Early Winter Birds at Ginty Creek

feederHaving the feeder so close to the window, means the early winter birds are right in my face at Ginty Creek.  The first to find the fat were 3 whiskeyjacks.1 whiskey jack fatAlmost immediately came the chickadees – mountain and blackcap – and the colourful, robin-sized pine grosbeaks.2 feeder outside window in snowThe chickadees would check out the options but they always managed to dive in and get what they wanted.3 chickadee hopefulWhen the grossbeaks first arrived, they were accompanied by a smaller red bird, which I have not often seen before.4 gross and cross 2It was a pine cross bill.  It’s beak is naturally bent out of shape to aid it in opening pine cones.  It looks remarkably parrot-like, with it’s strange beak and irridescent feathers, but it is not at all related.5 crossbillIt stayed for two days.  The other birds came and went all day, but the crossbill simply sat there and stuffed himself.

I have never deliberately tried to get the birds to feed from my hand.  But when I am out on the deck and they want their food, they treat me as part of the furniture, even perching on me while I worked on the greenhouse.  I was close enough to this downy woodpecker to touch him.6 downy and houseI like to put a branch close to the feeder so the birds have something to perch on, partly because they like to check out the feeding area, and partly because, if I take photos of them there, it looks as though they are out in the wilderness.  (That is Nogwon behind.)7 above nogwon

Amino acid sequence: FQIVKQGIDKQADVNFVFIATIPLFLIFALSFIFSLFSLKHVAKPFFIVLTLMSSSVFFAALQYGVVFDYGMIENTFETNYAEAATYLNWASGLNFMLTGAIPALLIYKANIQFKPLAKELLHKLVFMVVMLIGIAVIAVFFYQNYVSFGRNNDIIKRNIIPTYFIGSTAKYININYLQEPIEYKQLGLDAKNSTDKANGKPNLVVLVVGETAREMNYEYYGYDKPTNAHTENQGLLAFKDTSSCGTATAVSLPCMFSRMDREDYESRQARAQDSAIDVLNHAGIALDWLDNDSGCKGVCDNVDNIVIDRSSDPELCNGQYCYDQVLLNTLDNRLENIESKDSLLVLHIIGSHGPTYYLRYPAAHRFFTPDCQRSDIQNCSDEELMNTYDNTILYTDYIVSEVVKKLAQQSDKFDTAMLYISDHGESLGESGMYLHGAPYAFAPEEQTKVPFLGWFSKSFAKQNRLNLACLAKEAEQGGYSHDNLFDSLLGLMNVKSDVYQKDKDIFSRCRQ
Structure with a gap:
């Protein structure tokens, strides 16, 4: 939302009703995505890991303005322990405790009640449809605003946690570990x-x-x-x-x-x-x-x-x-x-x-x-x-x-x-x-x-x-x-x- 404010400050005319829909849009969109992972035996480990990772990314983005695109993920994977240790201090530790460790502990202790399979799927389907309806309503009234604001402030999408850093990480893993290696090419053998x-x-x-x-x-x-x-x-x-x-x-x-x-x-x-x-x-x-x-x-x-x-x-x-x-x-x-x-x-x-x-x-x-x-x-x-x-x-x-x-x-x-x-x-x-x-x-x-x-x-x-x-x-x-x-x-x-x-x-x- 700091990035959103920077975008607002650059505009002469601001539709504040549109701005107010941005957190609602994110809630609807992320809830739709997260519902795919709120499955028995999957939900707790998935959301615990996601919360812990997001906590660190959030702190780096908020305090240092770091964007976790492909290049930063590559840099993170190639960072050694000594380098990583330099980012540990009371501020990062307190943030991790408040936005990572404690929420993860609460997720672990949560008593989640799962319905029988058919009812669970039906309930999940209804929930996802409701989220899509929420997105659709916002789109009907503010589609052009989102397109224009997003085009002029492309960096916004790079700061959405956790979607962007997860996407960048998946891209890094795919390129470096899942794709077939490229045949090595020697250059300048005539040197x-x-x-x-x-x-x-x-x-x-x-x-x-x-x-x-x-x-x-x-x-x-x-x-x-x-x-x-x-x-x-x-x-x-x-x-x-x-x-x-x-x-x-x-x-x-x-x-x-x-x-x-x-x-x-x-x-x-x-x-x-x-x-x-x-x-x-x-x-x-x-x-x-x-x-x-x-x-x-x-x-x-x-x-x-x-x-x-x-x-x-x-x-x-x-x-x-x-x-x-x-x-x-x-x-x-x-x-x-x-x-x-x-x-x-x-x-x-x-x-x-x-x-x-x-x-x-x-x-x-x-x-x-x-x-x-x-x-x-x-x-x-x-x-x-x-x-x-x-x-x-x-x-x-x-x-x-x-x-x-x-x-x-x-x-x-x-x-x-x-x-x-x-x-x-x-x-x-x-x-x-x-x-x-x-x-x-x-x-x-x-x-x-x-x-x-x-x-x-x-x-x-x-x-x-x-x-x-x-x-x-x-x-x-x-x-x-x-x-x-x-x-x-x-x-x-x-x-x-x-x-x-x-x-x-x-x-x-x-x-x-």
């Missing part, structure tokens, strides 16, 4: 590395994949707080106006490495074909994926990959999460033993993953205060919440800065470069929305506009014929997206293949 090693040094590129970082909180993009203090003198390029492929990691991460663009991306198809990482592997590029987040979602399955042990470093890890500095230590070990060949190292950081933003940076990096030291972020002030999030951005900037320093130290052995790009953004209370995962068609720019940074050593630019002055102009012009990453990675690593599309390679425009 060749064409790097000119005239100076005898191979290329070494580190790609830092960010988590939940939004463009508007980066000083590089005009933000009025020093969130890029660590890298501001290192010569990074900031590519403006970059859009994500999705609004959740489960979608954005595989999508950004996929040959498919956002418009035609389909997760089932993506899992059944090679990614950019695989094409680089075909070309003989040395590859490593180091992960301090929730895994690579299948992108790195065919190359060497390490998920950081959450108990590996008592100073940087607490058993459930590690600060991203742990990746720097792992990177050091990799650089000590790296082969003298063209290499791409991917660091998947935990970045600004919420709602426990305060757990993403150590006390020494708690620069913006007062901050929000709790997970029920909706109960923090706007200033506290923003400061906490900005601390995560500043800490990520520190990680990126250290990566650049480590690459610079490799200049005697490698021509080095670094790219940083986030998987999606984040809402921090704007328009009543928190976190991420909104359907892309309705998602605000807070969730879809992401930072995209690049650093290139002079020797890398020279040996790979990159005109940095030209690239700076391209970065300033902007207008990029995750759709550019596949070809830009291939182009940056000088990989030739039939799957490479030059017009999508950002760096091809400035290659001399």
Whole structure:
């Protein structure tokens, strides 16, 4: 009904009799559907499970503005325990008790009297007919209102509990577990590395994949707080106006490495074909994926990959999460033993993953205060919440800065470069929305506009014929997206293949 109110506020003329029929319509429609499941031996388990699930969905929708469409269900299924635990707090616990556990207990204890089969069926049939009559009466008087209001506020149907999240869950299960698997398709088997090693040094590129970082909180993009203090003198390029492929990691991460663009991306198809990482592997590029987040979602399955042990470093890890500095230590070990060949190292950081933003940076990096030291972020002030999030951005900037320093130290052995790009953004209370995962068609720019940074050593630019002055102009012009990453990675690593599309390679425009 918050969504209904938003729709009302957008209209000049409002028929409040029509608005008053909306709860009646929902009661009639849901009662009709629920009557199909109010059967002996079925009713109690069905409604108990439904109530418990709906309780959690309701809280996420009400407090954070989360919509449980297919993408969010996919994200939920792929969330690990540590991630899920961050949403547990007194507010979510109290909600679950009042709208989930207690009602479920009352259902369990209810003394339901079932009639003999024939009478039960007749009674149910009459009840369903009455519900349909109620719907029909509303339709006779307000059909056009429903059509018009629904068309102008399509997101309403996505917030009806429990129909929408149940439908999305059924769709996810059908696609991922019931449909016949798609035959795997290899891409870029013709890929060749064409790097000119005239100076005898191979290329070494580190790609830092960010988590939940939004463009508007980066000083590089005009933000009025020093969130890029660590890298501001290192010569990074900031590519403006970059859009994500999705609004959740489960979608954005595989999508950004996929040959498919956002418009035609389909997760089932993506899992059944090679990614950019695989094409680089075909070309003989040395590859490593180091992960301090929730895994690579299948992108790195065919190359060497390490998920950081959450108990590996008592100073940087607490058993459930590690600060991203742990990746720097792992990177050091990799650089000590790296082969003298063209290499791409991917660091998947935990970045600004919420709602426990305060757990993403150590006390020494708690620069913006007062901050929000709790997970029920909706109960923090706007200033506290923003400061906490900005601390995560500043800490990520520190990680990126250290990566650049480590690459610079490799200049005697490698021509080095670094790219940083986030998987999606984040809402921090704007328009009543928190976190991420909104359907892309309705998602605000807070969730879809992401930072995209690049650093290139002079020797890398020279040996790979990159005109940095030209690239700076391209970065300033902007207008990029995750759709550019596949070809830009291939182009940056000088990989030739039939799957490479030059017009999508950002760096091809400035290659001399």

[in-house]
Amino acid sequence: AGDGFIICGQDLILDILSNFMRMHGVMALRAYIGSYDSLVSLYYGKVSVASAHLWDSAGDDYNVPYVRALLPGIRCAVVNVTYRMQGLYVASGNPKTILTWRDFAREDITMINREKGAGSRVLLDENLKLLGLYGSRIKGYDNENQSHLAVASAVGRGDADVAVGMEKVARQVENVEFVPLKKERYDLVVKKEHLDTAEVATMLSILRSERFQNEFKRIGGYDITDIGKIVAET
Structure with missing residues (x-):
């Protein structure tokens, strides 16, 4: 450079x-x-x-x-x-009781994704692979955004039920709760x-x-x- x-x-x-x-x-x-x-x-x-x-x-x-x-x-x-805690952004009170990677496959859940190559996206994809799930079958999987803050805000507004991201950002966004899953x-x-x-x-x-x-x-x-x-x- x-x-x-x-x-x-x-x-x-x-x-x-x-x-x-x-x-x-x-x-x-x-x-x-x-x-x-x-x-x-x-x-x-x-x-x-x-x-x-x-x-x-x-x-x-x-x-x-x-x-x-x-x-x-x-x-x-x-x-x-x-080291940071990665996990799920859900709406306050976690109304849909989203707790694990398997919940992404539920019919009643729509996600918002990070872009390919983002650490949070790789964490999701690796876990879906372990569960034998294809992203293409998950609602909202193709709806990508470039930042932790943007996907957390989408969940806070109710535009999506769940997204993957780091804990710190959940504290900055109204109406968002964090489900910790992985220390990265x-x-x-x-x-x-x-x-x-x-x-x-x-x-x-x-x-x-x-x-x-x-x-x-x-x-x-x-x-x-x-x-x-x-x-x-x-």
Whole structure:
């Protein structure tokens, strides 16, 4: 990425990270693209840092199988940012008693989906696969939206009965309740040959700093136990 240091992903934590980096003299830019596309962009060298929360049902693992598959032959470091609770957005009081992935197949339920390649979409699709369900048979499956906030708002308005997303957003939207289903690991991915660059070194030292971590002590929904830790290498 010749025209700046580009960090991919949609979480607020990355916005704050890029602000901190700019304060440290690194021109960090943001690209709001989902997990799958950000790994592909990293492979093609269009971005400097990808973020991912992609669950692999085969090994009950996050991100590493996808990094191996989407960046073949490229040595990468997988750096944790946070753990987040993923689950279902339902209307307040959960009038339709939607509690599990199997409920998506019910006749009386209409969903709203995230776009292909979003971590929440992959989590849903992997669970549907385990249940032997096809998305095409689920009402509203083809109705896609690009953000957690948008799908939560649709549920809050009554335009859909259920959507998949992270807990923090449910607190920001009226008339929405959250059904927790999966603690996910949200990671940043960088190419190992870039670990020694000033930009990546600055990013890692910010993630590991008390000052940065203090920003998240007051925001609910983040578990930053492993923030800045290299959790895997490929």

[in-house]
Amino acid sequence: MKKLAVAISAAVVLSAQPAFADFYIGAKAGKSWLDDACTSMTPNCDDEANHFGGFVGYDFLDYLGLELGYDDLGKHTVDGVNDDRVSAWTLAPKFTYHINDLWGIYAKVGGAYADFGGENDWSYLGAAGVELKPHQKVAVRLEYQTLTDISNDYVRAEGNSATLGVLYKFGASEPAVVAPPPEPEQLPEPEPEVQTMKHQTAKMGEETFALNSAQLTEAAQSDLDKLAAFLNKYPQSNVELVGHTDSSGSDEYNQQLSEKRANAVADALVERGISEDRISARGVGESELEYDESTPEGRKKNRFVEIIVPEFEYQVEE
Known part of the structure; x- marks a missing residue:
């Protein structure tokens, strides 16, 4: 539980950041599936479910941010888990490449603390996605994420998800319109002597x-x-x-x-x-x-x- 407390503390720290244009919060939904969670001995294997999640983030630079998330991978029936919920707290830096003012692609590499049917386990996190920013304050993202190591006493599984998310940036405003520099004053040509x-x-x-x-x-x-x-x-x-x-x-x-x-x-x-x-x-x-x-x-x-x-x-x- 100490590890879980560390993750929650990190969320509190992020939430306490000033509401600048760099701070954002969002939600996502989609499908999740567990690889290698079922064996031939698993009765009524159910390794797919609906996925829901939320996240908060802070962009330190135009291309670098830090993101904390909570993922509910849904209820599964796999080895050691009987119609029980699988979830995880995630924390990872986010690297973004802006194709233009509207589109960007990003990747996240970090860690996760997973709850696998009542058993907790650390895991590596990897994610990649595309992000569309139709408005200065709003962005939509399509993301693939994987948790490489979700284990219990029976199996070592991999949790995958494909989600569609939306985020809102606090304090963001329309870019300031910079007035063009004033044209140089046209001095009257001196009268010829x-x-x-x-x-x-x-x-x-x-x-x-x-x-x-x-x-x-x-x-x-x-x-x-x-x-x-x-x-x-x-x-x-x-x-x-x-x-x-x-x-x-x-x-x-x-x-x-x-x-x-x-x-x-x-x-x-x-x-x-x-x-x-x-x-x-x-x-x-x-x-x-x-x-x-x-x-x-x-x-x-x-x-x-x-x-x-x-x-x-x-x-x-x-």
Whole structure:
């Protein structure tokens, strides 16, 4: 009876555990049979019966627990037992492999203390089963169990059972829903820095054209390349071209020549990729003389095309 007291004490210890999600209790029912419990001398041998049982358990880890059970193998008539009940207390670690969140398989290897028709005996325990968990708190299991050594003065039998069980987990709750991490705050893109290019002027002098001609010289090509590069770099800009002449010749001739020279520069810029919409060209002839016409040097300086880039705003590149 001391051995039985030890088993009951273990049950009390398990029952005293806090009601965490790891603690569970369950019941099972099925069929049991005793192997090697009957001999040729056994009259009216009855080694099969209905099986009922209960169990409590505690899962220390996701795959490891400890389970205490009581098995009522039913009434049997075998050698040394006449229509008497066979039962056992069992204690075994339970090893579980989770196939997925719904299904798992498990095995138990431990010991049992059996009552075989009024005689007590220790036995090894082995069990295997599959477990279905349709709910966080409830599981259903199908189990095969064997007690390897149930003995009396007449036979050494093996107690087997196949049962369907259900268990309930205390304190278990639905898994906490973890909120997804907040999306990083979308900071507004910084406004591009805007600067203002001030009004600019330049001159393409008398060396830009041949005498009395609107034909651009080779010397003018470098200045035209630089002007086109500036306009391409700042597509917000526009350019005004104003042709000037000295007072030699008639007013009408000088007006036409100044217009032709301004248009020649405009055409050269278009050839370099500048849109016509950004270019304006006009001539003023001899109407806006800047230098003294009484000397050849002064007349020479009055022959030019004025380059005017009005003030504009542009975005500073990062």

8 landing

About wilderness dweller

I have lived for more than 30 years as a Wilderness Dweller. Most of that time was in cabins I built myself far from the nearest road, high in the mountains of British Columbia, Canada. My "retirement" home is accessible by a bush road but still far from neighbours. I live off the grid, and operate this blog by solar-powered satellite internet.
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2 Responses to Early Winter Birds at Ginty Creek

  1. Margy says:

    I am planning to do feeders for the first time this year. I’ve worried that being away and using a feeder might confuse the birds and have them hanging around and hoping for food when we are away. But I plan to fill them before leaving and maybe they will last until our return. I just finished reading “And the River Still Sings.” I liked the way you tied your other books together with this one and added new stories. I like knowing more about the authors of books I enjoy. – Margy
    Margy recently posted…Up the Lake: A Christmas Gift from Powell RiverMy Profile

  2. Bonnie Sager says:

    Love the bird pics — your camera does a beautiful job. Also love the doggie photo. Thanks for posting.

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